It's hard to see details in your picture, but I believe your stirrups may be too long. Without flexibility in your ankle, knee and hip, you must grip to stay with your horse and that makes it hard to soften your body to stay with the motion. Try raising your stirrups two holes, then lower your jump two holes and add three ground rails (spaced 4' apart, with the last one 9' from the base of the fence. Then trot in.
Pick up your two-point position as soon as you are straight on the line to the ground poles/fence and focus on letting your weight drop down the back of your legs into your heels. When your heel is deep, you can then close your legs ina firm squeeze from calf through thigh. You *do not* want more squeeze in your knees compared to the rest of your leg.
As you approach the ground rails, move your hands halfway up your horse's neck and press down into the muscle on either side of the crest, taking a handful of mane in one hand to help yourself keep your hands down and forward. Allow your upper body weight to rest there, with a flat back and your eyes up and looking ahead.
If your horse is likely to drift left or right, use some side rails to form a chute to the base of the fence.
Giving yourself time to settle into your position before the fence will help you get comfortable with it over the fence. Then your body will learn what it's like to go *with* the horse in the air, instead of being tense and dropping back into the saddle too early.
Repeat the trot in exercise over a low fence until you are comfortable adjusting and maintaining your "new" position. Then add another small vertical 19' beyond the first for a one-stride canter out (and stay in your two point for at least five more strides after the fence to encourage your body to really learn the balance of that position). After you can do this exercise without thinking about it, you should be fine to begin cantering small fences. Start by doing the same thing... prepare your jumping position several strides out, so you can just wait for the jump to come to you. In the early stages of learning an effective, stylish jumping position, waiting until you are right in front of the fence to prepare and execute is just too little time. There's too much to remember and do close up!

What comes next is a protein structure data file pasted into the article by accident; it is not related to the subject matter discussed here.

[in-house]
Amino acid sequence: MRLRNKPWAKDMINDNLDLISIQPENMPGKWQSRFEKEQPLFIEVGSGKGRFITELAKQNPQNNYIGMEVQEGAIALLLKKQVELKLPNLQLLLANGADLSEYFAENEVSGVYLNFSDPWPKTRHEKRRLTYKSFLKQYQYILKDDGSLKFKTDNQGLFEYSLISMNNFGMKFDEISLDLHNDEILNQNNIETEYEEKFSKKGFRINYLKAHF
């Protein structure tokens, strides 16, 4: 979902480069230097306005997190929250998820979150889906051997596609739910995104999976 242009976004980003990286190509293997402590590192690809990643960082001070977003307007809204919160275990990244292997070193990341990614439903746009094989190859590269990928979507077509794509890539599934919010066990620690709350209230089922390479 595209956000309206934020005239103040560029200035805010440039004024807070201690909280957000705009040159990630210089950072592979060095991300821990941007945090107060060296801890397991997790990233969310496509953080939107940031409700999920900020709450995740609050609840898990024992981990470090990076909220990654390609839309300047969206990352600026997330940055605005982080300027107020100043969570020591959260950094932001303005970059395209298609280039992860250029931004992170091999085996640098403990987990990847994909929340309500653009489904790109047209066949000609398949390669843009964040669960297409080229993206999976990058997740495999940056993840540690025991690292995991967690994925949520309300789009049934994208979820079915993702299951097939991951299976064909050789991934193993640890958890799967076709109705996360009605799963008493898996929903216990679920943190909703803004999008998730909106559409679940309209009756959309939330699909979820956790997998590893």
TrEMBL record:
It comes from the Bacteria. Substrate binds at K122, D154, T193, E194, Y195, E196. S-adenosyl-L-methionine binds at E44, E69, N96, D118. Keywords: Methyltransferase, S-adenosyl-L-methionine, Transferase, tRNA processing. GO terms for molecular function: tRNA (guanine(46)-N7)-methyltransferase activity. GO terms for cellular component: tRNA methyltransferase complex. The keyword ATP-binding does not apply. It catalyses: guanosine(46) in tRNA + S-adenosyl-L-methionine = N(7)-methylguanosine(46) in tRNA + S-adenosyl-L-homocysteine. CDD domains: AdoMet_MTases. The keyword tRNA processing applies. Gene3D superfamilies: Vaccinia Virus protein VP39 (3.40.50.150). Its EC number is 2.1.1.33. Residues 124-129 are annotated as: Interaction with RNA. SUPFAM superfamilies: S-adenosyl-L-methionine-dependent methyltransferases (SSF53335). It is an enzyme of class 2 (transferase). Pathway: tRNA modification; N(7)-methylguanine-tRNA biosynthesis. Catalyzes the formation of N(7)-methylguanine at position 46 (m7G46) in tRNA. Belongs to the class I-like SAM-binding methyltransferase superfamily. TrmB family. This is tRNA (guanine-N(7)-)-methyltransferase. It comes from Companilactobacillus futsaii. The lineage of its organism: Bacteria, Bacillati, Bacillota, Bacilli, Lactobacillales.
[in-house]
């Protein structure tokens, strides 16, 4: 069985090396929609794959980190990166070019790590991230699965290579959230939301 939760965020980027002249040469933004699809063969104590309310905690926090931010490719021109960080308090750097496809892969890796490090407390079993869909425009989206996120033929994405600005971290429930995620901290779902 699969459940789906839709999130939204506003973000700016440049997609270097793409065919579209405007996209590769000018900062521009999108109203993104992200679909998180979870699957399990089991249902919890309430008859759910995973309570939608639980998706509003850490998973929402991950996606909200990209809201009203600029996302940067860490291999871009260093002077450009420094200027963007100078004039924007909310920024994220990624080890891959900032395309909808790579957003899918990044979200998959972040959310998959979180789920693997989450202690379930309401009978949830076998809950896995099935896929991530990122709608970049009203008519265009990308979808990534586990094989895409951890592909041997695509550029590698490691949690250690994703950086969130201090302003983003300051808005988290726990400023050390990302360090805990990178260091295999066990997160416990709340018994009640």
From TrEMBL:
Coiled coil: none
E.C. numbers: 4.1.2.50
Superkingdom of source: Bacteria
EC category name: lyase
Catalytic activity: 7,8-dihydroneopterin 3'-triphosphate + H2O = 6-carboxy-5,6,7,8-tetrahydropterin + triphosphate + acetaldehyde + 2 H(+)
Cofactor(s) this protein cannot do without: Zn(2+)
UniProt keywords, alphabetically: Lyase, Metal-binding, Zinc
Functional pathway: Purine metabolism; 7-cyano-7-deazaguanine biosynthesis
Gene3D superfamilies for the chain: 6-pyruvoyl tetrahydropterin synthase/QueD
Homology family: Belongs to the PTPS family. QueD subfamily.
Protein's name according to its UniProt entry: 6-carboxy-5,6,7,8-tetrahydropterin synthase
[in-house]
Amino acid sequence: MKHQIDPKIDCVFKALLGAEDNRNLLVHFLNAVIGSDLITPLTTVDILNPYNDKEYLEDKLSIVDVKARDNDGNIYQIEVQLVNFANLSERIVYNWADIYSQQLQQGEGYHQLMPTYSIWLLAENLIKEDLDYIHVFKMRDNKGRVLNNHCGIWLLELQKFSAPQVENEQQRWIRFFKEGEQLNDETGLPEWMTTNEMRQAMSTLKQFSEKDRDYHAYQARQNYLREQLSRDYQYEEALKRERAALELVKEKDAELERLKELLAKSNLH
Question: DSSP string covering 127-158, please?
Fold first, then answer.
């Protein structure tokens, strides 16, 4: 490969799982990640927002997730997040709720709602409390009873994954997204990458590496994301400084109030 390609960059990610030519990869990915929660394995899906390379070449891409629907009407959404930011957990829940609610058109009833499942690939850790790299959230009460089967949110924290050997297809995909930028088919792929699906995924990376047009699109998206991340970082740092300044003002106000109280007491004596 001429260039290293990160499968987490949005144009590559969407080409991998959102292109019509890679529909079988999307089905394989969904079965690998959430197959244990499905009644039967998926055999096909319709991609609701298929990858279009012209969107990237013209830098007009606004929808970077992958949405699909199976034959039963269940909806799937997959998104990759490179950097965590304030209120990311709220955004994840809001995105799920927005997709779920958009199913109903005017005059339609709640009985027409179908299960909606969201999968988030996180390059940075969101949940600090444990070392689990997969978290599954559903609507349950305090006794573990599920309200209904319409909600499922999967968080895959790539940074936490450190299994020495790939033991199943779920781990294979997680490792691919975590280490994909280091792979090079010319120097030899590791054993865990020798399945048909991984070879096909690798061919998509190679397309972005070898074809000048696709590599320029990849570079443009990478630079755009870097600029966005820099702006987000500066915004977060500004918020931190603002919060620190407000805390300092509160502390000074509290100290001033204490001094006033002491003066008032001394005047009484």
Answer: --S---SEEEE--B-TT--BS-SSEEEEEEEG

The rider in the second pic has a good upper body/head position, but her stirrups are also too long and her hands are too high on the horse's neck for effective style. Her hands are, however, in the correct position in terms of how far up the neck they are reaching. Compare them to your own position in your photo. With your hands so close to the withers, it's very hard for you to allow your upper body to close forward with the motion of the jump. Too-long stirrups just compound your hand problem.